When Sandy Gooch opened Mrs. Gooch’s Natural Foods Market in West Los Angeles in January 1977, there were no other stores like it—anywhere. Her simple desire to offer a range of quality, nutritious foods at one location while getting people excited about healthy lifestyles gave rise to the natural products store model now emulated by thousands of retailers nationwide. No question, the industry has changed dramatically since Gooch was helping local farmers unload organic produce from their trucks and trekking to supplement manufacturers’ facilities to make sure they were clean. Even though she sold her company to Whole Foods Market in 1993, Gooch stays deeply involved in the industry she helped launch. Here, she dishes on the pros and cons of this evolution and shares her hopes and visions for natural products retail.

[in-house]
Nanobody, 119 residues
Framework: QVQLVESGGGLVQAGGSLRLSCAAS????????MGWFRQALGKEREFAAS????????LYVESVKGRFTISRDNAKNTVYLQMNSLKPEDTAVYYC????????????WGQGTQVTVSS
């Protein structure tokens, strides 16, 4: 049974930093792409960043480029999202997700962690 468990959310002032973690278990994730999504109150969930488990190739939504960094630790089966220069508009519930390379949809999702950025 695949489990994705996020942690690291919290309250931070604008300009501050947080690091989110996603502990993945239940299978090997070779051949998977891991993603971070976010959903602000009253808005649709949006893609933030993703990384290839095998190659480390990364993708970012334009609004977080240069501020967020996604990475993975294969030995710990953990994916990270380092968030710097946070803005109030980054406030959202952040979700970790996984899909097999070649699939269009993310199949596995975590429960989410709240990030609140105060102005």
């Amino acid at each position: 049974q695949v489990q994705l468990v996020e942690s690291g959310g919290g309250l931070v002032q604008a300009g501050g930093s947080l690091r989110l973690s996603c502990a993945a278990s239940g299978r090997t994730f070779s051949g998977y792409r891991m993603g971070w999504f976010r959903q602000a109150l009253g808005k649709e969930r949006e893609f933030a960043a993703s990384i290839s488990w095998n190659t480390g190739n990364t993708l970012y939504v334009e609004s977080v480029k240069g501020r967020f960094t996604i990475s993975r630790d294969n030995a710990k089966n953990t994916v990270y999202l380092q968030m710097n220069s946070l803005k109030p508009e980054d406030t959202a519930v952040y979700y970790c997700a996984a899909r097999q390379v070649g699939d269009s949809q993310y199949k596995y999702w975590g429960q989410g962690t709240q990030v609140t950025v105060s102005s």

Natural Foods Merchandiser: Was it hard to convince your community to try natural foods in 1977?
Sandy Gooch: We were located in a wonderful area close to major universities where people were well read, aware and understanding of our mission, so we didn’t have to convince them to come. However, while they knew wheatgrass, barley and brown rice were healthy, they didn’t necessarily know how to cook them or what to eat them with. So we would educate people once they were inside the market with demos and recipe ideas—we called it “edu-tainment” and “eat-ertainment.”
NFM: What were your biggest challenges back then?